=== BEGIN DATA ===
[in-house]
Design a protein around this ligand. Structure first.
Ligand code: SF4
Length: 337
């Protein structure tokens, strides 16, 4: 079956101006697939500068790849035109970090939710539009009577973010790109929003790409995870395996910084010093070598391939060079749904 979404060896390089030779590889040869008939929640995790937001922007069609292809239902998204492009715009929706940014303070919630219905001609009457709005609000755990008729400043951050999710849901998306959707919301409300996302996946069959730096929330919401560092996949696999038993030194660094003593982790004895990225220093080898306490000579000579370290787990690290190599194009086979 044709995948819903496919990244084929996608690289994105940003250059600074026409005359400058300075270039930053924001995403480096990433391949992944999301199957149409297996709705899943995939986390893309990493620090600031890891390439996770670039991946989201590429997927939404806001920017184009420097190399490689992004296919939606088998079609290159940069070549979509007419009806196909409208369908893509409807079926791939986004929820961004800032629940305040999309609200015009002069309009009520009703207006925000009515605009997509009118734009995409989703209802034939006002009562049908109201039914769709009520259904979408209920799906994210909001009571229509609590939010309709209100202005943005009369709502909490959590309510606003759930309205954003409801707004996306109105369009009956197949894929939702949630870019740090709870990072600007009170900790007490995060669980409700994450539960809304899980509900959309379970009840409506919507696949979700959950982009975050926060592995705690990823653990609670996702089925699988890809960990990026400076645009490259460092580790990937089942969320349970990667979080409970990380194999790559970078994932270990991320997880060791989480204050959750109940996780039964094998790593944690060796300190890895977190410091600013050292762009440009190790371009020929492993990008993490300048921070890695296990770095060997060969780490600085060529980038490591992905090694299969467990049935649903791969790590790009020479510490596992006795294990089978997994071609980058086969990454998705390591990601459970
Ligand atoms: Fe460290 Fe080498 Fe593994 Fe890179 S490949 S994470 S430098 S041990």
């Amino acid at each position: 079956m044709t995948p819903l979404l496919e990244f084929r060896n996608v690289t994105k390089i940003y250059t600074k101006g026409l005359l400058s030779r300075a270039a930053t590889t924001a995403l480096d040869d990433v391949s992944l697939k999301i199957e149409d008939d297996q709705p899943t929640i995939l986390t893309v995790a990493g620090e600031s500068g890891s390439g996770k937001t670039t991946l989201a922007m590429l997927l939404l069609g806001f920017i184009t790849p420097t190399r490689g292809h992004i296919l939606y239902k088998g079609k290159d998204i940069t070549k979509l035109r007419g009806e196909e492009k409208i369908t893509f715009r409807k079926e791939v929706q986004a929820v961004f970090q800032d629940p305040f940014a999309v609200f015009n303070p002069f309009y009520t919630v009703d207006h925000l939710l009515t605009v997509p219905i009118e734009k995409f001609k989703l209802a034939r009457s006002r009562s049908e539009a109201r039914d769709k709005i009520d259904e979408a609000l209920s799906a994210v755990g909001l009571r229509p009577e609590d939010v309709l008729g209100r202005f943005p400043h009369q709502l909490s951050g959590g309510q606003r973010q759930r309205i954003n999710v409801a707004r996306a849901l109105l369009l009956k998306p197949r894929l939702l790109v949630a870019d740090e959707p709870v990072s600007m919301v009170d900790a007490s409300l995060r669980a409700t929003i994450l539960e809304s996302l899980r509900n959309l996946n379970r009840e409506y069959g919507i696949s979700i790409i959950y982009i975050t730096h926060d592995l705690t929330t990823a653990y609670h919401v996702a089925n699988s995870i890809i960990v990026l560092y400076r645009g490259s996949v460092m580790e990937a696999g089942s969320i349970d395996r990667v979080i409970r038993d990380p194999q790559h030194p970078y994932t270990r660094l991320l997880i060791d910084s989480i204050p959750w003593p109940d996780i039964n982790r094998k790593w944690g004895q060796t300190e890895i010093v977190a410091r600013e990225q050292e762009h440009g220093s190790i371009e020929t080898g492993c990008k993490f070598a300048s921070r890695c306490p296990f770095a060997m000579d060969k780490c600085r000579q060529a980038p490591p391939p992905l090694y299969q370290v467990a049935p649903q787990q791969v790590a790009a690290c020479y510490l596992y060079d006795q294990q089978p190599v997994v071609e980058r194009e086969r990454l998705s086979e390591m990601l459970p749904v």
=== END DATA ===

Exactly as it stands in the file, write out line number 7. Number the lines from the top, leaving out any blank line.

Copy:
């Amino acid at each position: 079956m044709t995948p819903l979404l496919e990244f084929r060896n996608v690289t994105k390089i940003y250059t600074k101006g026409l005359l400058s030779r300075a270039a930053t590889t924001a995403l480096d040869d990433v391949s992944l697939k999301i199957e149409d008939d297996q709705p899943t929640i995939l986390t893309v995790a990493g620090e600031s500068g890891s390439g996770k937001t670039t991946l989201a922007m590429l997927l939404l069609g806001f920017i184009t790849p420097t190399r490689g292809h992004i296919l939606y239902k088998g079609k290159d998204i940069t070549k979509l035109r007419g009806e196909e492009k409208i369908t893509f715009r409807k079926e791939v929706q986004a929820v961004f970090q800032d629940p305040f940014a999309v609200f015009n303070p002069f309009y009520t919630v009703d207006h925000l939710l009515t605009v997509p219905i009118e734009k995409f001609k989703l209802a034939r009457s006002r009562s049908e539009a109201r039914d769709k709005i009520d259904e979408a609000l209920s799906a994210v755990g909001l009571r229509p009577e609590d939010v309709l008729g209100r202005f943005p400043h009369q709502l909490s951050g959590g309510q606003r973010q759930r309205i954003n999710v409801a707004r996306a849901l109105l369009l009956k998306p197949r894929l939702l790109v949630a870019d740090e959707p709870v990072s600007m919301v009170d900790a007490s409300l995060r669980a409700t929003i994450l539960e809304s996302l899980r509900n959309l996946n379970r009840e409506y069959g919507i696949s979700i790409i959950y982009i975050t730096h926060d592995l705690t929330t990823a653990y609670h919401v996702a089925n699988s995870i890809i960990v990026l560092y400076r645009g490259s996949v460092m580790e990937a696999g089942s969320i349970d395996r990667v979080i409970r038993d990380p194999q790559h030194p970078y994932t270990r660094l991320l997880i060791d910084s989480i204050p959750w003593p109940d996780i039964n982790r094998k790593w944690g004895q060796t300190e890895i010093v977190a410091r600013e990225q050292e762009h440009g220093s190790i371009e020929t080898g492993c990008k993490f070598a300048s921070r890695c306490p296990f770095a060997m000579d060969k780490c600085r000579q060529a980038p490591p391939p992905l090694y299969q370290v467990a049935p649903q787990q791969v790590a790009a690290c020479y510490l596992y060079d006795q294990q089978p190599v997994v071609e980058r194009e086969r990454l998705s086979e390591m990601l459970p749904v």